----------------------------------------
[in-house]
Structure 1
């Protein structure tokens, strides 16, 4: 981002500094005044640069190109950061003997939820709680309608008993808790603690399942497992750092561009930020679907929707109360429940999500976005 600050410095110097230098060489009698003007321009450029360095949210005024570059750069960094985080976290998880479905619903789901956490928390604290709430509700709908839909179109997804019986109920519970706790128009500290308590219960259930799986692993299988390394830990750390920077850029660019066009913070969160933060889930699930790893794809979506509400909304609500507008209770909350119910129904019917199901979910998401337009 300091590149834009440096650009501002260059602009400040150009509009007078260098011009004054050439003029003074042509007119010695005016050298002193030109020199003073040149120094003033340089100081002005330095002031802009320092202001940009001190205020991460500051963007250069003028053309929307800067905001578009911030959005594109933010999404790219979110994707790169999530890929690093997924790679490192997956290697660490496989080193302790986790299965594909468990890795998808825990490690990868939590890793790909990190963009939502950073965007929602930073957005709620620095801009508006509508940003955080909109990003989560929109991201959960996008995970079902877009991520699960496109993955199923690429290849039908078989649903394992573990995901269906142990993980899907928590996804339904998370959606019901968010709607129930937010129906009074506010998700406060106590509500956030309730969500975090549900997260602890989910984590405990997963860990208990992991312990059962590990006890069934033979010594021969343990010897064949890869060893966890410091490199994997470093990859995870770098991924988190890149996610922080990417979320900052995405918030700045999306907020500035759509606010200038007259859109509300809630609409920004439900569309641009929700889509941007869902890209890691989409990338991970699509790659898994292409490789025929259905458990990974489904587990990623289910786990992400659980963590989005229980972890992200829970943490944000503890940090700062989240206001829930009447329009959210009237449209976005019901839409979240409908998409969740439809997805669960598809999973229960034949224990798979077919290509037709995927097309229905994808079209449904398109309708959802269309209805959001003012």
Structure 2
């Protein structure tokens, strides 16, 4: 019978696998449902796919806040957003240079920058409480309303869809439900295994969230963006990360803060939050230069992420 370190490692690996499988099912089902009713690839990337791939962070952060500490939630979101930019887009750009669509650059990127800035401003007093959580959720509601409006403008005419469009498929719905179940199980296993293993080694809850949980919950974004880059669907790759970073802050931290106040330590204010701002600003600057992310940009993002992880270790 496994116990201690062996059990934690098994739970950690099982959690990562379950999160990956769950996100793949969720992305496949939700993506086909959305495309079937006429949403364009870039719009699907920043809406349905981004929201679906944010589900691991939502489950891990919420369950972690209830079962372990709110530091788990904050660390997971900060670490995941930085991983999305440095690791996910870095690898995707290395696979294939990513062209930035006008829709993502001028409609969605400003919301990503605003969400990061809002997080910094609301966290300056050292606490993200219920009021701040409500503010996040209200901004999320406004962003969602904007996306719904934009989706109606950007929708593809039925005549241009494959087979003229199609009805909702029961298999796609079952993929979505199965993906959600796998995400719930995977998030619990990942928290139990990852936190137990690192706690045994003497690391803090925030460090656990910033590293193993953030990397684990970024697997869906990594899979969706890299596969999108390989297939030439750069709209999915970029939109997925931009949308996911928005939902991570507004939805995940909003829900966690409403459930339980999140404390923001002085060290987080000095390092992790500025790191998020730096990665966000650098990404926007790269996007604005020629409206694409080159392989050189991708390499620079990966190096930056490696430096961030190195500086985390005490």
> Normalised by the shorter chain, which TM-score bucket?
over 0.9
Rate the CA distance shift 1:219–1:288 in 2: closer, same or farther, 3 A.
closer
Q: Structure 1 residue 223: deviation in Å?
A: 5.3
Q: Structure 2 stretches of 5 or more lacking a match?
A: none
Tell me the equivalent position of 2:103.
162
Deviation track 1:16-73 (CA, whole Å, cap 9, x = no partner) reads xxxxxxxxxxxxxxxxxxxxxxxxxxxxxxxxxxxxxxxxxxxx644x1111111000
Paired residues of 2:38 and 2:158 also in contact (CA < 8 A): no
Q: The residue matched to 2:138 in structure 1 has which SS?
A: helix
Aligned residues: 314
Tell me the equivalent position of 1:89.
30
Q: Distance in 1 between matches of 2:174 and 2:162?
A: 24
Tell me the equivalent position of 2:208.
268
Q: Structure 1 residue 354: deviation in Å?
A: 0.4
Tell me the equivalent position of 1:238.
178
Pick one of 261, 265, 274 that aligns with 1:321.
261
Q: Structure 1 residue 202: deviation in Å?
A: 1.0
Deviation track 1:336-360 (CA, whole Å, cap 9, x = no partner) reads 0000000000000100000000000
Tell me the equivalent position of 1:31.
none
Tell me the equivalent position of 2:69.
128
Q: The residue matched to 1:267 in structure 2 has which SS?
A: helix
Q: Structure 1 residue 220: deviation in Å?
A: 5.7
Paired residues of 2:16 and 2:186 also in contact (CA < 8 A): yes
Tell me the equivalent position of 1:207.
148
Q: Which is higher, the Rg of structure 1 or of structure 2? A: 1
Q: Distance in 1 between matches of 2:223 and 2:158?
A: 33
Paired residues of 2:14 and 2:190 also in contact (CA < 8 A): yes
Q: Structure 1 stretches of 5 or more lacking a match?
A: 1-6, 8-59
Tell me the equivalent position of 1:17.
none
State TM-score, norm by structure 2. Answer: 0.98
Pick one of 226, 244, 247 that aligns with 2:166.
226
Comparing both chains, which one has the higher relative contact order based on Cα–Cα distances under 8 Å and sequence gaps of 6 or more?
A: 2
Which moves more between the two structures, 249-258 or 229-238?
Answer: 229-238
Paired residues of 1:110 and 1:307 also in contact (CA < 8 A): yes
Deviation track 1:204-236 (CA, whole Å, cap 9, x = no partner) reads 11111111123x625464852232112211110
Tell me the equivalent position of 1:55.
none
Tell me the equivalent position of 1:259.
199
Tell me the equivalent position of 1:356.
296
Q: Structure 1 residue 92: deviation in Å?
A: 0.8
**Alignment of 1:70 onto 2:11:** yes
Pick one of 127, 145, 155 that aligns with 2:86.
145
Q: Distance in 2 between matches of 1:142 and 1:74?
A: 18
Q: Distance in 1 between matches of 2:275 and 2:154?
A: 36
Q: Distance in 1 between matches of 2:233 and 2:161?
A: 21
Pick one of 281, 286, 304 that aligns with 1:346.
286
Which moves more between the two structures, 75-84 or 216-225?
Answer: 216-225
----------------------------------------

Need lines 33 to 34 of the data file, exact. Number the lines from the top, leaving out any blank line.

Q: Structure 1 residue 202: deviation in Å?
A: 1.0